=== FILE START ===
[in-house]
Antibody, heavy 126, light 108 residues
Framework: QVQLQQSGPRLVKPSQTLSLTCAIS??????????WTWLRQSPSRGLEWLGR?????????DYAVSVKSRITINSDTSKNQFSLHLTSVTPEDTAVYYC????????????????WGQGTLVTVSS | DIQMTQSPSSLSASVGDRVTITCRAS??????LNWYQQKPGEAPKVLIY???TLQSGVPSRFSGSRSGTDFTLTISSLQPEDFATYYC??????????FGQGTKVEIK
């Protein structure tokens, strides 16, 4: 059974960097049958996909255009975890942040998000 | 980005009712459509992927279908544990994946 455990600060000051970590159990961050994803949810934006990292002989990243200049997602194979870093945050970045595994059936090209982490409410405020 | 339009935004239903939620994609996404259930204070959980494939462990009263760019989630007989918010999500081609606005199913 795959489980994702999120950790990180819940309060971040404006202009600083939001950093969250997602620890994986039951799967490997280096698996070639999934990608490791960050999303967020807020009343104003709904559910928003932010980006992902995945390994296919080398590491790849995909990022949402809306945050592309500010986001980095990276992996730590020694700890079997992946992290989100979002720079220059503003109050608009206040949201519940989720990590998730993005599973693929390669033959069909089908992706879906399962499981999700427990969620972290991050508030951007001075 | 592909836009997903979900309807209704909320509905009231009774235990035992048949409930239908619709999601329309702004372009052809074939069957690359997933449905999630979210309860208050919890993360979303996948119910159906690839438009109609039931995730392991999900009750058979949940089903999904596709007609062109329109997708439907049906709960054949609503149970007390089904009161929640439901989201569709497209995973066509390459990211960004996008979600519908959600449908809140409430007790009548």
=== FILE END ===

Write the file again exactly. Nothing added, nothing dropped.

[in-house]
Antibody, heavy 126, light 108 residues
Framework: QVQLQQSGPRLVKPSQTLSLTCAIS??????????WTWLRQSPSRGLEWLGR?????????DYAVSVKSRITINSDTSKNQFSLHLTSVTPEDTAVYYC????????????????WGQGTLVTVSS | DIQMTQSPSSLSASVGDRVTITCRAS??????LNWYQQKPGEAPKVLIY???TLQSGVPSRFSGSRSGTDFTLTISSLQPEDFATYYC??????????FGQGTKVEIK
């Protein structure tokens, strides 16, 4: 059974960097049958996909255009975890942040998000 | 980005009712459509992927279908544990994946 455990600060000051970590159990961050994803949810934006990292002989990243200049997602194979870093945050970045595994059936090209982490409410405020 | 339009935004239903939620994609996404259930204070959980494939462990009263760019989630007989918010999500081609606005199913 795959489980994702999120950790990180819940309060971040404006202009600083939001950093969250997602620890994986039951799967490997280096698996070639999934990608490791960050999303967020807020009343104003709904559910928003932010980006992902995945390994296919080398590491790849995909990022949402809306945050592309500010986001980095990276992996730590020694700890079997992946992290989100979002720079220059503003109050608009206040949201519940989720990590998730993005599973693929390669033959069909089908992706879906399962499981999700427990969620972290991050508030951007001075 | 592909836009997903979900309807209704909320509905009231009774235990035992048949409930239908619709999601329309702004372009052809074939069957690359997933449905999630979210309860208050919890993360979303996948119910159906690839438009109609039931995730392991999900009750058979949940089903999904596709007609062109329109997708439907049906709960054949609503149970007390089904009161929640439901989201569709497209995973066509390459990211960004996008979600519908959600449908809140409430007790009548």